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Courtnay Midkiff poses in front of the Verde River in Arizona along his walk across the country to raise money for Fabry disease, a rare genetic disorder. He started in Virginia Beach, Va. March 1 and will finish the journey this Sunday in Oceanside. Courtesy photo.
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Man set to finish cross-country fundraising walk in Oceanside

OCEANSIDE — Courtnay Midkiff dodged rattlesnakes on scorching desert roads. He trudged through the snow and was battered by rain that blew sideways in powerful winds. 

Through it all, he kept heading west on foot. Midkiff began his 3,000-mile journey across the nation on March 1 in Virginia Beach, Va. And this Sunday, he’ll finish the trip in Oceanside — on his 24th birthday.

“A lot of people I’ve just met are in disbelief when I tell them I’m doing this,” Midkiff said over the phone while walking along a highway in Temecula earlier this week.

He and a few buddies dreamed up the cross-country trip to satisfy a serious case of wanderlust about a year and a half ago. His friends, however, dropped out. But the trip took a personal turn — he realized a walk across the nation represented a chance to raise money and awareness for Fabry disease.

Courtnay Midkiff pets horses in Tennesse. Courtesy photo
Courtnay Midkiff pets horses in Tennessee. Courtesy photo

Midkiff, as well as his mom and brother, have the disease, a rare genetic disorder. For Midkiff, the disease means chronic pain in his fingers and toes. Plus, he overheats easily. For others, Fabry can lead to life-threatening complications like strokes, which his brother experienced last year.

So far, he’s generated $11,100 for the National Fabry Disease Foundation. And he has another major motive: to prove that those with Fabry can do whatever they set their minds to.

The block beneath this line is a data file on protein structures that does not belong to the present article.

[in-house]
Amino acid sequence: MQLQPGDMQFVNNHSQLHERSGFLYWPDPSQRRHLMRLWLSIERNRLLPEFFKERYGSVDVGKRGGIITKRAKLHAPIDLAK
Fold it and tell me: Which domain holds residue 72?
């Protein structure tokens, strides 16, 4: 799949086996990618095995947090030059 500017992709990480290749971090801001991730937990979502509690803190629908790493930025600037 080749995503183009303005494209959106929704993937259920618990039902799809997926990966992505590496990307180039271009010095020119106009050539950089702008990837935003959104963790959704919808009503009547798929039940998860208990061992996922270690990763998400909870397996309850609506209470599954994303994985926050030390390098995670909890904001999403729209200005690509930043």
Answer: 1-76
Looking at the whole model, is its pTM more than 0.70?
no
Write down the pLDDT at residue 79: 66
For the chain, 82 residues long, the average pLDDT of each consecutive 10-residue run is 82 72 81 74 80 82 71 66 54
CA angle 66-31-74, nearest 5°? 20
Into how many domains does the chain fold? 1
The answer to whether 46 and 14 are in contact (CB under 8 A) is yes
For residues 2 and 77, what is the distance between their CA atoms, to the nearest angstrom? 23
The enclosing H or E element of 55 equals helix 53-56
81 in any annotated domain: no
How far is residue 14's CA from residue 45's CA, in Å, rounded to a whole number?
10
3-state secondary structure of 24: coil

At times, the trek demanded superhuman levels of endurance. In Texas, Midkiff suffered from a nasty fever and fatigue. To make matters worse, the temperature soared to 108 degrees one day, amplifying his Fabry symptoms. In tears, he considered catching a flight home.

“When you’re sick, you just want to lay down in your bed and get a cold drink out of the fridge,” Midkiff said over the sound of cars passing by. “And pretty much my only option was laying down in a hot tent, drinking the warm water I had with me.”

But Midkiff, who amassed an online following by documenting his entire trip on his blog (, remembered words of encouragement from people all over the world.

“I had people tell me their 9-year-old son has Fabry disease, and I’m an inspiration to them,” said Midkiff, who lives in Richmond, Va.

“Going home would be the opposite of what I set out to prove,” he added.

A recent 110-mile stretch without any signs of civilization from Parker, Ariz. to 29 Palms, Calif. made up another trying leg of the journey.

Temperatures hovered around 115 degrees in the afternoons, leaving relatively cooler nights the only suitable time for walking. During the day, he curled up next to shrubs to take advantage of small patches of shade. As the sun circled the sky, he inched around to stay in the shadow.

Luckily, an electric lineman working in the area, who Midkiff met beforehand, drove by to deliver cold water throughout his five days in the desert. Still, dehydration remained a concern, along with snakes and scorpions.